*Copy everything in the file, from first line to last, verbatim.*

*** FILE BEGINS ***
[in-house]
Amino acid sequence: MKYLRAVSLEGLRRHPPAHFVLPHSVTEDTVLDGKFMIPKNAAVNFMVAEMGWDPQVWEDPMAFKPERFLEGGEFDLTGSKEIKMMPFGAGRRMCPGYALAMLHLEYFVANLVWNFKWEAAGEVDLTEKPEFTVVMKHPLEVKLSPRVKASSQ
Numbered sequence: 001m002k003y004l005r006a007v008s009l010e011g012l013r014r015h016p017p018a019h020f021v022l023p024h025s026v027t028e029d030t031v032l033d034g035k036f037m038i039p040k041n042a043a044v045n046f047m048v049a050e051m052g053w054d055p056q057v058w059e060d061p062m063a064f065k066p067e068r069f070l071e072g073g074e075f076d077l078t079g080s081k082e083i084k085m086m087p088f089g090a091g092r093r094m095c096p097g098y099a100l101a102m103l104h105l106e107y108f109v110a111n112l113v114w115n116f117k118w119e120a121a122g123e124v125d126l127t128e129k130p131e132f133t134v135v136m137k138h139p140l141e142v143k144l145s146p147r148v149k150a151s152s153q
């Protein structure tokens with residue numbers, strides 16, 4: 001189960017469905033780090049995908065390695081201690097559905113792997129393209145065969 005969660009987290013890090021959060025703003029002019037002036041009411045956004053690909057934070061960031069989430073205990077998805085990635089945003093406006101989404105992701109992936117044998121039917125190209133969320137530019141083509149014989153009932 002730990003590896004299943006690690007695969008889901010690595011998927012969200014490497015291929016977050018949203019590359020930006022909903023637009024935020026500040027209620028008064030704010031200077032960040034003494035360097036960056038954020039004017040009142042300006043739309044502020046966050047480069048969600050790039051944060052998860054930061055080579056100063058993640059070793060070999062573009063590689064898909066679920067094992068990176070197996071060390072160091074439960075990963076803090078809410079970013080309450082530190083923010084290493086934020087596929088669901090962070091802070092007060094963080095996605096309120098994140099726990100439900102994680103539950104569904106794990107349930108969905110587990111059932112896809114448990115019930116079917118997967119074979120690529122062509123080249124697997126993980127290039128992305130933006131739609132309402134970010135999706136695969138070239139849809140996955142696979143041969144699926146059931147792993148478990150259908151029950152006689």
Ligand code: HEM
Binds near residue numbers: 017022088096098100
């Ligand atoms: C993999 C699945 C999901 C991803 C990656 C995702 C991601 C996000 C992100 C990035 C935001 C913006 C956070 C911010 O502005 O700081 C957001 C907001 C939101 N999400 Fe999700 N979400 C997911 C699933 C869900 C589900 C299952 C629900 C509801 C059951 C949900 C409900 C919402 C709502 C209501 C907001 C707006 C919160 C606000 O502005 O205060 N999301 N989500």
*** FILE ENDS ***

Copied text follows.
[in-house]
Amino acid sequence: MKYLRAVSLEGLRRHPPAHFVLPHSVTEDTVLDGKFMIPKNAAVNFMVAEMGWDPQVWEDPMAFKPERFLEGGEFDLTGSKEIKMMPFGAGRRMCPGYALAMLHLEYFVANLVWNFKWEAAGEVDLTEKPEFTVVMKHPLEVKLSPRVKASSQ
Numbered sequence: 001m002k003y004l005r006a007v008s009l010e011g012l013r014r015h016p017p018a019h020f021v022l023p024h025s026v027t028e029d030t031v032l033d034g035k036f037m038i039p040k041n042a043a044v045n046f047m048v049a050e051m052g053w054d055p056q057v058w059e060d061p062m063a064f065k066p067e068r069f070l071e072g073g074e075f076d077l078t079g080s081k082e083i084k085m086m087p088f089g090a091g092r093r094m095c096p097g098y099a100l101a102m103l104h105l106e107y108f109v110a111n112l113v114w115n116f117k118w119e120a121a122g123e124v125d126l127t128e129k130p131e132f133t134v135v136m137k138h139p140l141e142v143k144l145s146p147r148v149k150a151s152s153q
């Protein structure tokens with residue numbers, strides 16, 4: 001189960017469905033780090049995908065390695081201690097559905113792997129393209145065969 005969660009987290013890090021959060025703003029002019037002036041009411045956004053690909057934070061960031069989430073205990077998805085990635089945003093406006101989404105992701109992936117044998121039917125190209133969320137530019141083509149014989153009932 002730990003590896004299943006690690007695969008889901010690595011998927012969200014490497015291929016977050018949203019590359020930006022909903023637009024935020026500040027209620028008064030704010031200077032960040034003494035360097036960056038954020039004017040009142042300006043739309044502020046966050047480069048969600050790039051944060052998860054930061055080579056100063058993640059070793060070999062573009063590689064898909066679920067094992068990176070197996071060390072160091074439960075990963076803090078809410079970013080309450082530190083923010084290493086934020087596929088669901090962070091802070092007060094963080095996605096309120098994140099726990100439900102994680103539950104569904106794990107349930108969905110587990111059932112896809114448990115019930116079917118997967119074979120690529122062509123080249124697997126993980127290039128992305130933006131739609132309402134970010135999706136695969138070239139849809140996955142696979143041969144699926146059931147792993148478990150259908151029950152006689």
Ligand code: HEM
Binds near residue numbers: 017022088096098100
């Ligand atoms: C993999 C699945 C999901 C991803 C990656 C995702 C991601 C996000 C992100 C990035 C935001 C913006 C956070 C911010 O502005 O700081 C957001 C907001 C939101 N999400 Fe999700 N979400 C997911 C699933 C869900 C589900 C299952 C629900 C509801 C059951 C949900 C409900 C919402 C709502 C209501 C907001 C707006 C919160 C606000 O502005 O205060 N999301 N989500």